And so, Israeli officials say that they believe that in next 24 to 48 hours, they'll be much smarter on whether Hamas is ready to engage on this or not.

BURNETT: All right. The context for this, of course, Barak, is also that Israel has come under withering, blistering condemnation for many around the world for the state of the war. And when you talk about a two month pause, that completely changes the game. It takes away moment, it takes away everything. It takes away the people who are engaged in the war or is energy and it's all of it.

Is this really possibly the beginning of the end?

RAVID: I totally agree with you and, you know, Netanyahu refused to Hamas's main request or demand that Israel agrees to end the war, but when he proposes two months, pause, he knows, and everybody else who's been working on this know very well that after two months of pause, even if the fighting resumes this way or another, it's going to look much different okay. There'll be much fewer there is soldiers inside Gaza. The operations will look differently and this Israeli officials are totally aware that it might be very hard close to impossible to resume the war, to resuming operations in Gaza after two months of pause.

BURNETT: Barak, thank you very much, and obviously significant breaking news headline there from Barak.

And we've got some additional breaking news on this as well. CNN just learning that as part of the ceasefire talks that Barak is reporting on, Israel spy chief proposed that Hamas senior leaders could be allowed to leave Gaza.

Now, Oren Liebermann is live at the Pentagon.

Some people, Oren, may hear that and go, wow, allowing them to leave Gaza. I suppose sort of begs the question and go where and when, what more are you learning?

OREN LIEBERMANN, CNN PENTAGON CORRESPONDENT: Well, the where and the when really isn't part of the discussion. That's not what Israel is focused on.

The key here, according to excellent reporting from my colleague Alex Marquardt, is that Hamas's military leaders who Israel has failed to find this point after more than 100 days of war would leave Gaza. For Israel, that would allow them to claim some sort of victory. And it's worth noting putting that this information comes from two officials who've been briefed on the international and ongoing negotiations.

So, for Israel, it means that Israel could claim some sort of victory. Hamas is military leaders who were critical in planning the October 7 terror attack would be out of Gaza, and it would weaken Hamas's stranglehold frankly, on the Gaza Strip. But crucially, it also comes as Israel has failed to achieve its military objectives of trying to completely destroy Hamas.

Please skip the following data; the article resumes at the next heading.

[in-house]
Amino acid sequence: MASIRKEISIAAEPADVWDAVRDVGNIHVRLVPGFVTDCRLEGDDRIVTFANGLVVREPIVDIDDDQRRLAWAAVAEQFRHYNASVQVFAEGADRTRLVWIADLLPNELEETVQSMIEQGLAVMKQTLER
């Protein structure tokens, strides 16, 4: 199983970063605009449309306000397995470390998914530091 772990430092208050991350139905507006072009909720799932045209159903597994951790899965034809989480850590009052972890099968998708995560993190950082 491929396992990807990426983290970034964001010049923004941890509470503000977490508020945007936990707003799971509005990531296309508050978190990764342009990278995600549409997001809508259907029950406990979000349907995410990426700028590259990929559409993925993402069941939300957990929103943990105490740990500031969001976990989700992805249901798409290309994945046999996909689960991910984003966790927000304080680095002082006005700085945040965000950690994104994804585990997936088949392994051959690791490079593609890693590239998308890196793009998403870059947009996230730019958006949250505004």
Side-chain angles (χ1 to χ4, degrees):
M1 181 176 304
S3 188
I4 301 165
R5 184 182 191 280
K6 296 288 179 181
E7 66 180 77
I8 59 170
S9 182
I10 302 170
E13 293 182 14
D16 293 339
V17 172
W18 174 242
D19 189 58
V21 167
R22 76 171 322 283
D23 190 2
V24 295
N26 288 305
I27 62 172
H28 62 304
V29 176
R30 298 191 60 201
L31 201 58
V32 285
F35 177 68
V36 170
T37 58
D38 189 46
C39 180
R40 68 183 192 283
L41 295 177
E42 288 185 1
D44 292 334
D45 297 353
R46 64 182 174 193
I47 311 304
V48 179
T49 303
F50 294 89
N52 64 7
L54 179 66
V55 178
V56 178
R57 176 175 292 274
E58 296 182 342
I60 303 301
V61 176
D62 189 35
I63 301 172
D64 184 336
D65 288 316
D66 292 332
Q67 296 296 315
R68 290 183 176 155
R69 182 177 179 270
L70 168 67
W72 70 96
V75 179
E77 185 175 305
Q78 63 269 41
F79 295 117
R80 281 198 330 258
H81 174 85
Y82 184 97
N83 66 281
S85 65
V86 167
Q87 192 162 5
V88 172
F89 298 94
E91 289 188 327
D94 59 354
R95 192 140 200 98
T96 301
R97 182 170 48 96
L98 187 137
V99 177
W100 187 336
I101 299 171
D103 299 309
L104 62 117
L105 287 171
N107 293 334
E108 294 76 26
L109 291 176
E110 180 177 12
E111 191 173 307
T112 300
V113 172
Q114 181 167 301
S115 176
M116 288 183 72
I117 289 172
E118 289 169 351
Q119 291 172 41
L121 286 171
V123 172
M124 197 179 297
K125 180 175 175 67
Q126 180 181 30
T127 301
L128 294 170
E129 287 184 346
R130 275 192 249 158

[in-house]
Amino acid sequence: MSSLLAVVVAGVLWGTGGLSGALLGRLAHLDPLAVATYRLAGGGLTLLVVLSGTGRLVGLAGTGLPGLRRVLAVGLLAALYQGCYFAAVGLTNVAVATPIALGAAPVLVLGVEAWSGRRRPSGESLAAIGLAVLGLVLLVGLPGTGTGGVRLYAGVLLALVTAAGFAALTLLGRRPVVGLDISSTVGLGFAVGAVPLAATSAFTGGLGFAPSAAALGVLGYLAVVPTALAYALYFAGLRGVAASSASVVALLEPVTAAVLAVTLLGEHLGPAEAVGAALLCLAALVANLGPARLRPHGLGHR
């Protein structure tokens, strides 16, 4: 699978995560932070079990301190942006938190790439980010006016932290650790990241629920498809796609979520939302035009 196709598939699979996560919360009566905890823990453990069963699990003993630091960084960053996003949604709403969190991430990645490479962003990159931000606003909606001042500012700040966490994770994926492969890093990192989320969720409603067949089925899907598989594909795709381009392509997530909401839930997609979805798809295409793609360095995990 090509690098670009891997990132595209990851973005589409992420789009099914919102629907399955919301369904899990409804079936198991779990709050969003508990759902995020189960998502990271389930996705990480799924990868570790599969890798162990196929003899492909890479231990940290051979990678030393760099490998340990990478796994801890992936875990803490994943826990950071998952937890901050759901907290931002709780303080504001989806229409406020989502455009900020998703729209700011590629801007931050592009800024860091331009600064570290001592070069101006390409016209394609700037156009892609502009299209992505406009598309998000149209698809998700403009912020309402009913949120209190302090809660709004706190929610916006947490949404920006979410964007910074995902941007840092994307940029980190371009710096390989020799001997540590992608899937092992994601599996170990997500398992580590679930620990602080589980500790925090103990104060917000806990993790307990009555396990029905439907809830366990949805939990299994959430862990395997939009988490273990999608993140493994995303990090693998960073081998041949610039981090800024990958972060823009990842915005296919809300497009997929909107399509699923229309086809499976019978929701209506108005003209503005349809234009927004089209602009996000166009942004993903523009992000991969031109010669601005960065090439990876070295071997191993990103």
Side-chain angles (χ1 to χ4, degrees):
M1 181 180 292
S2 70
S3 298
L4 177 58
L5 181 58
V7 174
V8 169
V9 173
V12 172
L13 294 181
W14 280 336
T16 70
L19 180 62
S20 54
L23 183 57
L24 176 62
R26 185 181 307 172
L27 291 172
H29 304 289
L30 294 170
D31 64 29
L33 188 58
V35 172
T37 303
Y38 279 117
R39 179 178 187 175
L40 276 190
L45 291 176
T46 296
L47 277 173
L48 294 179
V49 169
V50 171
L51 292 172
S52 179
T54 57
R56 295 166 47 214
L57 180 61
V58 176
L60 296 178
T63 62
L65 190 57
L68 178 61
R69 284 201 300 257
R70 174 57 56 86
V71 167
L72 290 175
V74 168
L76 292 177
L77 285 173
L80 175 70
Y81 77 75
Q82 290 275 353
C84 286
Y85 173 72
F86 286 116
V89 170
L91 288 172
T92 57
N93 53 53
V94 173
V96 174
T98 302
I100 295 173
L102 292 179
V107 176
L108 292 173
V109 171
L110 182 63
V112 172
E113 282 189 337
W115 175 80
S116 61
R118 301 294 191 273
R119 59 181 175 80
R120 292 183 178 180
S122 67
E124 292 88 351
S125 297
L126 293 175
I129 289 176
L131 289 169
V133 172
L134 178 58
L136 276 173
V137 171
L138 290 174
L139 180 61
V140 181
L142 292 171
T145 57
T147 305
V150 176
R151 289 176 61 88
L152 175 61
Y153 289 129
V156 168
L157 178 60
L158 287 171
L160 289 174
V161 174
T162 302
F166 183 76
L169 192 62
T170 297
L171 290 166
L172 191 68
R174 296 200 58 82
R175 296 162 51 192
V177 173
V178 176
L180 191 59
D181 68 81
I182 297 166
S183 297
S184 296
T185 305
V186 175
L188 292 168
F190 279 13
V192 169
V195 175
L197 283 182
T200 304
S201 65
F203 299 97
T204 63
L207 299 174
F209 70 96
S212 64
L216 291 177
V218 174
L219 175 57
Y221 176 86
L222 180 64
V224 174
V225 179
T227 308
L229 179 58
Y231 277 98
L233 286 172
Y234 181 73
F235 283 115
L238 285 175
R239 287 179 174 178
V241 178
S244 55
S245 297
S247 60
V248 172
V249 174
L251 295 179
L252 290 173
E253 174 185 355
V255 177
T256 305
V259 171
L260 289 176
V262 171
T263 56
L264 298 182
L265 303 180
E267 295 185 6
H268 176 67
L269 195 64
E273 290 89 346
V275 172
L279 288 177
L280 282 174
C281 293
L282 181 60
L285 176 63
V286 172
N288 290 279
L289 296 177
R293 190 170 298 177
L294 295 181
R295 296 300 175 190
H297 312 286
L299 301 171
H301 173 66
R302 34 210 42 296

According to Israel's own estimate, Hamas contains or retains rather something like 70 percent of its fighting force. And we see its continued ability to launch rockets at Israel. This proposal, this idea of Hamas's senior leaders leaving Gaza was brought up at least twice by Israel's Mossad chief David Barnea, once last month in Warsaw, once again in Doha this month. But the Qatari officials who's been handling the negotiations, and have been trying to mediate between all the parties here, effectively cut it off and said its a nonstarter, that there isn't a situation in which there would be agreement where Hamas's senior military leaders would be willing to leave Gaza as part of a ceasefire.

They have control of the Gaza strip and it doesn't seem like they're ready to relinquish it.

In terms of who Israel would go after here, this would be names like Yahya Sinwar, Mohammed Deif, the senior military leaders there who are critical part of all this and retain a tremendous amount of control in Gaza and frankly, able to manage still an ongoing war.

BURNETT: Which is pretty incredible when you think about 25 miles by six and the decimation now that we all see daily on our screens.

Thank you so much, Oren Liebermann, and, of course, to Alex Marquardt and Barak Ravid for all of that significant reporting on the situation tonight.

Next, the Supreme Court siding with Biden over Texas when it comes to how the border is secured or not secured. As we hear exclusively from Vice President Kamala Harris. She was once tasks to fix the border crisis on what she thinks should be done.

Plus, new video just coming in of a massive explosion inside Russia from a Ukrainian drone that managed apply thousand tens of miles into Putin's territory, undetected



BURNETT: Tonight, a major victory for President Biden in his fight with Texas Governor Greg Abbott over the southern border. The Supreme Court ruling that Border Patrol agents can cut through razor wire installed by the Texas governor along the Rio Grande. The Biden administration arguing agents need to be able to access the area to both rescue and apprehend migrants. This comes as our Laura Coates spoke exclusively with Vice President Kamala Harris today about the crisis at the border where there were a quarter million illegal border crossings last month alone.